Labour refuses to support giving MPs vote on Brexit

Diane AbbottBen Pruchnie / GettyDiane Abbott refuses to back giving MPs vote on Article 50

The Labour Party on Monday refused to say whether it believes MPs should be given a vote on taking Britain out of the European Union.

As the government begins its Supreme Court appeal against a parliamentary vote on triggering Article 50, Shadow Home Secretary Diane Abbott told Sky News that Labour was not supporting either side of the argument.

“We’re not on any side,” she said.

“We respect the referendum vote and we will not seek to reverse it.”

Asked what Labour’s view was on the landmark case, she replied:

“We don’t take a view. We are just saying what we will do if it does go to Parliament. We will just try to act in the interests of the British people.”

A spokesperson for the Labour leader declined to comment on whether the party believed there should be a vote on the issue.

However, a senior Labour source confirmed to Business Insider that Abbott’s position was in line with the party’s official position.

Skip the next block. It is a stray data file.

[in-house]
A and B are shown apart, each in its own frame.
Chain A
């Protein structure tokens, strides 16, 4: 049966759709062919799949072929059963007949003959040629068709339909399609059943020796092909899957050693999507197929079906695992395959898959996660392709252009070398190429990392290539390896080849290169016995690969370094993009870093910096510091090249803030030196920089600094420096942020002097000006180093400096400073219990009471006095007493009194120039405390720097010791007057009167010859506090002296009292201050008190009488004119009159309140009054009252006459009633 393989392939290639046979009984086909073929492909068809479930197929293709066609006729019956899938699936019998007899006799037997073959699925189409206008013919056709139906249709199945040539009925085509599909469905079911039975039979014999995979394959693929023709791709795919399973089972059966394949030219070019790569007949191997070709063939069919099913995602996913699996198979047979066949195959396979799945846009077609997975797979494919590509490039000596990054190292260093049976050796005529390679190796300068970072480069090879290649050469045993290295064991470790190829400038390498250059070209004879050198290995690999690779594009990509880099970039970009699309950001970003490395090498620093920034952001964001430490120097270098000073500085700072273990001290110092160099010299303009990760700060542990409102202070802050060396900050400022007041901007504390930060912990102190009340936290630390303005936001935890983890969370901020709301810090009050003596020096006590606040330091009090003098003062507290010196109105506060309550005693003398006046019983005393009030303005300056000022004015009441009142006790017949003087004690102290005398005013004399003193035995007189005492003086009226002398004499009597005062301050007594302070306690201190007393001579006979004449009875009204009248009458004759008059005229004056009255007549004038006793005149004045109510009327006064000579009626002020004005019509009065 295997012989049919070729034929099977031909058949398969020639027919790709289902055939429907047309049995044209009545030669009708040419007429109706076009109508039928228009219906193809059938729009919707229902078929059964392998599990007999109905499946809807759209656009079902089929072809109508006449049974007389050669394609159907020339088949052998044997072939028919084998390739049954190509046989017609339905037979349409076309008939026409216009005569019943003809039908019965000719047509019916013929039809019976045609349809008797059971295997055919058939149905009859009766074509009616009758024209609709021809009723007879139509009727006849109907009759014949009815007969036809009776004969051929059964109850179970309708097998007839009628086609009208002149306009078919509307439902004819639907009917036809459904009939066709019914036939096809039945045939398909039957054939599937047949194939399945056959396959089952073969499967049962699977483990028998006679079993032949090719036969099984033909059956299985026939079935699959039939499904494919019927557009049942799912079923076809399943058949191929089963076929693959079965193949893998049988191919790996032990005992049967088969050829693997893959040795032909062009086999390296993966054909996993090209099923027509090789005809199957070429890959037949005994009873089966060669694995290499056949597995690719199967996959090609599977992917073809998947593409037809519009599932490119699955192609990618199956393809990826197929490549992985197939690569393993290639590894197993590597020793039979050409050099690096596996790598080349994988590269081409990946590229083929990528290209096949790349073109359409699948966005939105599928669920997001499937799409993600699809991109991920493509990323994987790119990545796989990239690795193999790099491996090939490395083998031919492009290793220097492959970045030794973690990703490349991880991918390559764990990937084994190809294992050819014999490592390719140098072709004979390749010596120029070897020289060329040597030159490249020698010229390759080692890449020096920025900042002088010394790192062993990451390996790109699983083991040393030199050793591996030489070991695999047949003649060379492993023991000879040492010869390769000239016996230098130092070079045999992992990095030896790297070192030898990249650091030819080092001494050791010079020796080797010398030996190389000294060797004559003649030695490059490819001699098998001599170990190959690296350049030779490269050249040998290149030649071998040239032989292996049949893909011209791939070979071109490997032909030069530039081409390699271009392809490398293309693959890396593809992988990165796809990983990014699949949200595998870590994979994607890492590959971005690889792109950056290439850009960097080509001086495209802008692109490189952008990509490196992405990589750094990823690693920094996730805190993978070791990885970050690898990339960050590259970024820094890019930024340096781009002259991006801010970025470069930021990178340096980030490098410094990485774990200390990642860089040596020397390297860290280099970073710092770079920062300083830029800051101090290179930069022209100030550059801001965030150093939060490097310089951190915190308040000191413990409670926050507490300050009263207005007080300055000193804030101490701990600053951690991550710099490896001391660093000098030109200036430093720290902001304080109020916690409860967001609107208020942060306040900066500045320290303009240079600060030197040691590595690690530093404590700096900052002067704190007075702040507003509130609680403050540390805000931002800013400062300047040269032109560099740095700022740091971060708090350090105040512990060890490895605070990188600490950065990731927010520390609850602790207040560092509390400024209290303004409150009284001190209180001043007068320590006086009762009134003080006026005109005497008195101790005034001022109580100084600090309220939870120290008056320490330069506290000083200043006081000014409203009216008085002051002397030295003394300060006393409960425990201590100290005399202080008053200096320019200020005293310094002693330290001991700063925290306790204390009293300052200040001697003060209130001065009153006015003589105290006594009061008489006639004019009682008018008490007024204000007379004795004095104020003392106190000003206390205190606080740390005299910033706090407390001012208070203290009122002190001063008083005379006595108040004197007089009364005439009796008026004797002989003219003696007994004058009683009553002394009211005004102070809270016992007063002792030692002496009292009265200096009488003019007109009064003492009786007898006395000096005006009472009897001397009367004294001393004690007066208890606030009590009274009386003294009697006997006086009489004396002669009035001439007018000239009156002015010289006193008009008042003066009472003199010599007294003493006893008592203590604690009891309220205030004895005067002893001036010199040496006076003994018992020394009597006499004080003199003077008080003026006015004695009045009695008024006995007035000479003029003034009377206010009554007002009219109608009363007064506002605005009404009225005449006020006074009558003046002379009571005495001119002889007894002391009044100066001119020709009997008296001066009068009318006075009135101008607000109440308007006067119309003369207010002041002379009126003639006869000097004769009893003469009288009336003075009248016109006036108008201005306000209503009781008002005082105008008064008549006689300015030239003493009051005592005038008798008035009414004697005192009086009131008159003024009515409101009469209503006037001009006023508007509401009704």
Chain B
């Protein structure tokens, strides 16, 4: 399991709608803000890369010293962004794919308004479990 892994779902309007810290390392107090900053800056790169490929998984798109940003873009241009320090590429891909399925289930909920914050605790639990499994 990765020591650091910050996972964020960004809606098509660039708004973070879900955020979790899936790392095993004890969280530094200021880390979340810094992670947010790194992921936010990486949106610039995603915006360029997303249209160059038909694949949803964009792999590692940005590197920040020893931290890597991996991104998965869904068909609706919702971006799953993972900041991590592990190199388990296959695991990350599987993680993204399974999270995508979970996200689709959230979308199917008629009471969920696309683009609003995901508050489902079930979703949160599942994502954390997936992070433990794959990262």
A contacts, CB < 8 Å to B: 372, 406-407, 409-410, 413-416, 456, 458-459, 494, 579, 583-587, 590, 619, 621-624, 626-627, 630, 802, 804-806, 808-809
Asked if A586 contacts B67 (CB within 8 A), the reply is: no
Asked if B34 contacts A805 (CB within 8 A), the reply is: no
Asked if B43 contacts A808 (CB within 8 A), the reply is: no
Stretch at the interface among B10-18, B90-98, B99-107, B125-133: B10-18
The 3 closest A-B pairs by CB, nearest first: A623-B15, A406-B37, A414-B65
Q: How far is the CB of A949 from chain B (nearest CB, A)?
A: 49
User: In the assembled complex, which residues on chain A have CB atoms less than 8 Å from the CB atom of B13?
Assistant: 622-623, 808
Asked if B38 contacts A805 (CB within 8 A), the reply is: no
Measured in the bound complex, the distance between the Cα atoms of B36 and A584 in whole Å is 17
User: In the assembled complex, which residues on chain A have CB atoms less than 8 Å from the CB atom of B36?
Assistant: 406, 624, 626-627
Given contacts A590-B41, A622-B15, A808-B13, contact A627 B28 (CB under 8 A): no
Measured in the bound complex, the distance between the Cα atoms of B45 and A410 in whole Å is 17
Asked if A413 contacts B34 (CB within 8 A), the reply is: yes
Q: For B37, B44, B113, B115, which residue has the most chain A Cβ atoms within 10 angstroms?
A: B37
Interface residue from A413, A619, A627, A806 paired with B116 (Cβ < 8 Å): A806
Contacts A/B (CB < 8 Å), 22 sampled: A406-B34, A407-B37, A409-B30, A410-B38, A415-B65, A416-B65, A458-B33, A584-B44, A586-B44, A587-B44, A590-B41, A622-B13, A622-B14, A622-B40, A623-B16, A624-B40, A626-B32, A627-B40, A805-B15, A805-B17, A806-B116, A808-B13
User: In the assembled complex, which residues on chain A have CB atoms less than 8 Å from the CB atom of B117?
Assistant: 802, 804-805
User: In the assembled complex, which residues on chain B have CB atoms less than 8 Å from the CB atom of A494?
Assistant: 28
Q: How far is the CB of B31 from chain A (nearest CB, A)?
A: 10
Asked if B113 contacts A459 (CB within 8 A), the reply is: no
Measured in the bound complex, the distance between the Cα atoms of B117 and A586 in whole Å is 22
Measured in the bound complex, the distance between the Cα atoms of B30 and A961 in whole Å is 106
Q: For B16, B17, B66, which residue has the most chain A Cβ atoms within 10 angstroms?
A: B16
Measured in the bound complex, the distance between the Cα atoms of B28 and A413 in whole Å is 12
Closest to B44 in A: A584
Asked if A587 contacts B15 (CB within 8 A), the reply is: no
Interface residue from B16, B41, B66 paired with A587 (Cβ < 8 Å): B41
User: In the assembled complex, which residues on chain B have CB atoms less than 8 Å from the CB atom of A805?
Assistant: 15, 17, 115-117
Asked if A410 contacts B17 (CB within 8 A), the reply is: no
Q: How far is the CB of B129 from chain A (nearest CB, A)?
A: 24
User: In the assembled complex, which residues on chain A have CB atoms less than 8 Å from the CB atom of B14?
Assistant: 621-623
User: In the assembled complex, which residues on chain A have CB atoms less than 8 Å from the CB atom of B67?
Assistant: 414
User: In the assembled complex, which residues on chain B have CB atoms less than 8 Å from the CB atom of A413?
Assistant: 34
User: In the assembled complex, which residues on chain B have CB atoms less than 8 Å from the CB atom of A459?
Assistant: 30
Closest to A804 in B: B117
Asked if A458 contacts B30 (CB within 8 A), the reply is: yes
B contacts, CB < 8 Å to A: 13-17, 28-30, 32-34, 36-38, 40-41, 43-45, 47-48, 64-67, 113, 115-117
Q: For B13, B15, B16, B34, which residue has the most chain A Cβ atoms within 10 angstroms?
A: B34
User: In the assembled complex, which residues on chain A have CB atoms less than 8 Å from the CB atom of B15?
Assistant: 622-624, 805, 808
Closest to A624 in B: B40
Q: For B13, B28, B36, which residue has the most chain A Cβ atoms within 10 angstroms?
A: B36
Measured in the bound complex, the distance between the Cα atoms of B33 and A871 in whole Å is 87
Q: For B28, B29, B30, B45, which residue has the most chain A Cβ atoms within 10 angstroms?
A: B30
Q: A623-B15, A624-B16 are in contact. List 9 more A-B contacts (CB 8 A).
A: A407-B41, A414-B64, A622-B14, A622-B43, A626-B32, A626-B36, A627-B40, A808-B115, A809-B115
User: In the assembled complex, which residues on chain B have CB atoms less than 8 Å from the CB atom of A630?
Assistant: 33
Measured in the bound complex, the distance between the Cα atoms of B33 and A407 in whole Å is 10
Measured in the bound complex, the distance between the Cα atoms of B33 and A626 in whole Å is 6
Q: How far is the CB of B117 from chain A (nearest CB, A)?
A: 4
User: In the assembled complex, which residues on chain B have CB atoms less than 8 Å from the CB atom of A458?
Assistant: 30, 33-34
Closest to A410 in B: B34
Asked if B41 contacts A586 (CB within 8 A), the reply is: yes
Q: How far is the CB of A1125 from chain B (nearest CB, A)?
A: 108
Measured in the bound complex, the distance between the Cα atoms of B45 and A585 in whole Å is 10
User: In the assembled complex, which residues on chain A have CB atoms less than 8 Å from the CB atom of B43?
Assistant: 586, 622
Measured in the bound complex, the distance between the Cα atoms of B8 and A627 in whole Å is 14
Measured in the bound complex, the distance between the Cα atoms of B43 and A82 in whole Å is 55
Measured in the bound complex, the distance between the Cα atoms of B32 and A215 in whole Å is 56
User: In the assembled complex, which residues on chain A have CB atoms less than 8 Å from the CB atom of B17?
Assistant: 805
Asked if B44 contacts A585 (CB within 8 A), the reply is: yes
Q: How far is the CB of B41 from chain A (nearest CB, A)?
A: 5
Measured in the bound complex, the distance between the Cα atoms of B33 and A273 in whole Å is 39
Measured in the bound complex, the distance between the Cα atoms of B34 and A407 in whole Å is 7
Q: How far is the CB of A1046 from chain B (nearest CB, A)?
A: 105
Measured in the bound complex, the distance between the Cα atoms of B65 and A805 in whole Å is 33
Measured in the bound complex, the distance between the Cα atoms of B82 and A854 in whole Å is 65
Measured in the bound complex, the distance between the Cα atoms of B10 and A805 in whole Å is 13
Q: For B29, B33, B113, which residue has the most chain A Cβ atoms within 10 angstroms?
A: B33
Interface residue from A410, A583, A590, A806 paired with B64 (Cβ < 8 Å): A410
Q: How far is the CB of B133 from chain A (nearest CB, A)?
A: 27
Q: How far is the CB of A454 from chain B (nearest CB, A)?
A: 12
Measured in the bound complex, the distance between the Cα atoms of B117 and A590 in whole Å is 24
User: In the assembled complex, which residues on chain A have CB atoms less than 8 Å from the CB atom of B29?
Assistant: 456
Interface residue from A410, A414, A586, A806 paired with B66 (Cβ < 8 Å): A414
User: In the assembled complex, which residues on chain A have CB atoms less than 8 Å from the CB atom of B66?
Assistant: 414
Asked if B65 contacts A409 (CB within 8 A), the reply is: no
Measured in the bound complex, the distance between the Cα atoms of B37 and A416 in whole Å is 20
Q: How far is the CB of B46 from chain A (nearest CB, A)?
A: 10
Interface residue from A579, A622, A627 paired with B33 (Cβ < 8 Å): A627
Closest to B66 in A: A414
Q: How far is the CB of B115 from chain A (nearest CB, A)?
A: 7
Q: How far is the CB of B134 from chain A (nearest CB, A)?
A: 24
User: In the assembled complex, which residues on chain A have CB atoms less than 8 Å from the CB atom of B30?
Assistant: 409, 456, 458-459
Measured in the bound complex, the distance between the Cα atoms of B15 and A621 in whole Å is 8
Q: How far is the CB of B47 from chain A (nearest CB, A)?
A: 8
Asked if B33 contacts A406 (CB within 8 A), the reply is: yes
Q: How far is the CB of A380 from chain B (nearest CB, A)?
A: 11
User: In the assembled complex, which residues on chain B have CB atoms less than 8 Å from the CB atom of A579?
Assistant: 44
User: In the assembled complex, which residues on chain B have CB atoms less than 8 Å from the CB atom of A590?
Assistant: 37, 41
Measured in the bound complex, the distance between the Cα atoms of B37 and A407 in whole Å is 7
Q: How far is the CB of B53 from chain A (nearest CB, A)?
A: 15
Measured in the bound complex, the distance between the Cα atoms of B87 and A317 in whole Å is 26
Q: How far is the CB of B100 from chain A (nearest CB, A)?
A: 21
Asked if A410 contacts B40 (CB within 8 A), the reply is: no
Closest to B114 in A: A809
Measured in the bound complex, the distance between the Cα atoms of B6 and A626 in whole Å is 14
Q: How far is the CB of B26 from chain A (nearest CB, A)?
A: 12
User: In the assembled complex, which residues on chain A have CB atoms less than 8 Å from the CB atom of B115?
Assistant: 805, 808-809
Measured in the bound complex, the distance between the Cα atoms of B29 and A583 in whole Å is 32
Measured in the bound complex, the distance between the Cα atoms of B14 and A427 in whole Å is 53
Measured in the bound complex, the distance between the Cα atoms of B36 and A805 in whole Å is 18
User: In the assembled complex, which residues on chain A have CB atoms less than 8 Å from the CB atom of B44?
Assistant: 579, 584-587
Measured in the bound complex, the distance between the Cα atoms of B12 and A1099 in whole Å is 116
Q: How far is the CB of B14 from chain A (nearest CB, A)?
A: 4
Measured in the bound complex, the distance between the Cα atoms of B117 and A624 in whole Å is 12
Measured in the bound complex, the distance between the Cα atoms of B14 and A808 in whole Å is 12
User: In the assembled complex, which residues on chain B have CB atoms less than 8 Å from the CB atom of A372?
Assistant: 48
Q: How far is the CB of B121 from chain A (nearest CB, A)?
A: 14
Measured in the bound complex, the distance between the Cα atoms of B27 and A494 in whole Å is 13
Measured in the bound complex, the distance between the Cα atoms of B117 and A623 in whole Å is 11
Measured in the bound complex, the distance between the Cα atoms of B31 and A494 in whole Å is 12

Abbott’s comments are the latest in a series of interventions by leading Labour figures which have shifted the party away from an explicit anti-Brexit stance.

At a speech last month, shadow chancellor John McDonnell suggested that Brexit would be a “great opportunity” for Britain.

McDonnell said the party needed to be more”positive” about Brexit, adding that any attempt to block it would put Labour “on the side of certain corporate elites who have always had the British people at the back of the queue.”

Labour leader Jeremy Corbyn said on Saturday that the party would seek to amend any government bill on triggering Article 50 if the Supreme Court gives MPs a vote.

However, Labour sources confirmed to Business Insider that the party would not seek to block Article 50 under any circumstances, even if Corbyn’s amendment fails.

The government today accused Labour of trying to “frustrate” and “slow down” Brexit.

“[Labour are] seeming to make clear that they want to frustrate the will of the British people by slowing down the process of leaving and trying to tie the government’s hands in this negotiation,” the prime minister’s spokesperson told the parliamentary lobby.

They insisted that they remain ‘confident’ of overturning the High Court’s decision on Article 50.

“We believe there is clear case that we have the legal power to trigger Article 50,” the Prime Minister’s spokesperson added.

“We’re confident of our case and it is one that the Attorney General will be making in the Supreme Court today.”

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